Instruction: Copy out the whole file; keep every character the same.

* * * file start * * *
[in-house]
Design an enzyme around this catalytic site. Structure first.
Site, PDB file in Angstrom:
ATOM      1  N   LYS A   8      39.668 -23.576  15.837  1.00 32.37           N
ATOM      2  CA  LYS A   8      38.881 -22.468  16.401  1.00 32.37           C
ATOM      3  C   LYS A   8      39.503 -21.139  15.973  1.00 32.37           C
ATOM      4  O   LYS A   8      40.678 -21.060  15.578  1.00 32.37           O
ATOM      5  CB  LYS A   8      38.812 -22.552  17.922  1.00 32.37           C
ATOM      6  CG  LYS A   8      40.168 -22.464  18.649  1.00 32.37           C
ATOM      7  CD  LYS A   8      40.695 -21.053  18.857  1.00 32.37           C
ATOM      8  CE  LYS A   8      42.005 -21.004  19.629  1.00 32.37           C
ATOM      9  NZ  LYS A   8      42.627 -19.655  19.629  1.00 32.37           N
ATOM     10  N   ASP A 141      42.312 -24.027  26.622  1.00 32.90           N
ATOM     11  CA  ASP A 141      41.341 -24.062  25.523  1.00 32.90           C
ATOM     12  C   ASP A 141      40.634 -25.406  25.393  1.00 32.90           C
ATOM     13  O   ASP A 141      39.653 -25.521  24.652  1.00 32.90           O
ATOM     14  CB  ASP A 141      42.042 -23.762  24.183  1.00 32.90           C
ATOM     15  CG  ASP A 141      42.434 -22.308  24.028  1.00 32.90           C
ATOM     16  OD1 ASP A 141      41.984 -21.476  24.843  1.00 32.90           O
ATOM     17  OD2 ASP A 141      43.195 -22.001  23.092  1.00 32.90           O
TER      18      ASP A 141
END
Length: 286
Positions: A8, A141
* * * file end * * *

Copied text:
[in-house]
Design an enzyme around this catalytic site. Structure first.
Site, PDB file in Angstrom:
ATOM      1  N   LYS A   8      39.668 -23.576  15.837  1.00 32.37           N
ATOM      2  CA  LYS A   8      38.881 -22.468  16.401  1.00 32.37           C
ATOM      3  C   LYS A   8      39.503 -21.139  15.973  1.00 32.37           C
ATOM      4  O   LYS A   8      40.678 -21.060  15.578  1.00 32.37           O
ATOM      5  CB  LYS A   8      38.812 -22.552  17.922  1.00 32.37           C
ATOM      6  CG  LYS A   8      40.168 -22.464  18.649  1.00 32.37           C
ATOM      7  CD  LYS A   8      40.695 -21.053  18.857  1.00 32.37           C
ATOM      8  CE  LYS A   8      42.005 -21.004  19.629  1.00 32.37           C
ATOM      9  NZ  LYS A   8      42.627 -19.655  19.629  1.00 32.37           N
ATOM     10  N   ASP A 141      42.312 -24.027  26.622  1.00 32.90           N
ATOM     11  CA  ASP A 141      41.341 -24.062  25.523  1.00 32.90           C
ATOM     12  C   ASP A 141      40.634 -25.406  25.393  1.00 32.90           C
ATOM     13  O   ASP A 141      39.653 -25.521  24.652  1.00 32.90           O
ATOM     14  CB  ASP A 141      42.042 -23.762  24.183  1.00 32.90           C
ATOM     15  CG  ASP A 141      42.434 -22.308  24.028  1.00 32.90           C
ATOM     16  OD1 ASP A 141      41.984 -21.476  24.843  1.00 32.90           O
ATOM     17  OD2 ASP A 141      43.195 -22.001  23.092  1.00 32.90           O
TER      18      ASP A 141
END
Length: 286
Positions: A8, A141